Indianapolis sightseers will find the Indianapolis Motor Speedway Hall of Fame Museum which is now considered a National Historic Landmark. The Children’s Museum of Indianapolis is another exciting place to visit. Although it is considered the largest children’s museum in the world, young and old will enjoy all the exhibits and fun things to do. While in downtown Indianapolis, sightseers may want to stop awhile at the Indianapolis Zoo which is home to Indiana’s largest aquarium.

Residents of Geist Lake who would rather stay close to home will find Conner Prairie, which is affiliated with the Smithsonian Museum Institution. Located in Fishers, Conner Prairie visitors can interact with history while enjoying a couple hundred acres of beautiful wooded areas. Also in Fishers is the Fishers Heritage Park at White River. The Heritage Park provides natural settings that can be used for events, parties, weddings and well as nature and wildlife viewing.

After a day of shopping and sightseeing lake residents can return to their lakefront home and enjoy the peaceful movements of the water. Geist Reservoir is a great place to call home for city commuters or retirees.

Things to do at Geist Reservoir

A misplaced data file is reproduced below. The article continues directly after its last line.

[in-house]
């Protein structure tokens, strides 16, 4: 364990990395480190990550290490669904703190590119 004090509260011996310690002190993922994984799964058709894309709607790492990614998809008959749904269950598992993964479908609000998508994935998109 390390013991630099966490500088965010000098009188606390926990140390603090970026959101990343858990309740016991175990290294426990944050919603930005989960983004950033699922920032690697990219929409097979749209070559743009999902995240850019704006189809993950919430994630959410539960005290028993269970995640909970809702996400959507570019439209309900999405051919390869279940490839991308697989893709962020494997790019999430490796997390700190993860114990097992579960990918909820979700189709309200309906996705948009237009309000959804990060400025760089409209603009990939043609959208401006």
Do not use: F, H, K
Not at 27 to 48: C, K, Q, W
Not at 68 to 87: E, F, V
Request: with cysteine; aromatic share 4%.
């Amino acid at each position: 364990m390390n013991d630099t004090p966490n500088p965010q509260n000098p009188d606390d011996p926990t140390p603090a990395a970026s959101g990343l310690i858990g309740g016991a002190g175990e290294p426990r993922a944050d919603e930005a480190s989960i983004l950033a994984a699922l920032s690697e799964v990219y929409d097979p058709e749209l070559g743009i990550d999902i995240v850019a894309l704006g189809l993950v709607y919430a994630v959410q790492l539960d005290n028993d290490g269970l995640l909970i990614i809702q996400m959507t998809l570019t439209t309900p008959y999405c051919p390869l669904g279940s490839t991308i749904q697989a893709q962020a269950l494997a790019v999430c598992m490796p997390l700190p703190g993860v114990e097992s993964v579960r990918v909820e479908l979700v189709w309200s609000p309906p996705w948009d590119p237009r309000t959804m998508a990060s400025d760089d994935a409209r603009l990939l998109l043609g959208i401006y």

• Vacation Rentals
  • Fishing
  • Boating
  • Swimming
  • Golf
  • Camping
  • Picnicking
  • Hiking
  • Biking
  • Horseback Riding
  • Wildlife Viewing
  • State Park
  • Museum
  • Shopping

Fish species found at Geist Reservoir

  • Bass
  • Black Bass
  • Largemouth Bass

Geist Reservoir Photo Gallery

Geist Reservoir Statistics & Helpful Links

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Lake Type: Artificial Reservoir, Dammed

Water Level Control: City of Indianapolis

Surface Area: 1,890 acres

Shoreline Length: 35 miles

Normal Elevation (Full Pond): 785 feet

Average Depth: 10 feet

Maximum Depth: 48 feet

Water Volume: 21,180 acre-feet

Completion Year: 1944

Drainage Area: 215 sq. miles

Trophic State: Eutrophic

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Trophic State | LakeLubbers

Trophic State measures the level of algae and nutrients in a lake.

An oligotrophic lake is very clear (blue in color) and does not support much plant or fish life. A hyper-oligotrophic lake is the clearest of all lakes, and is nearly devoid of plants and fish.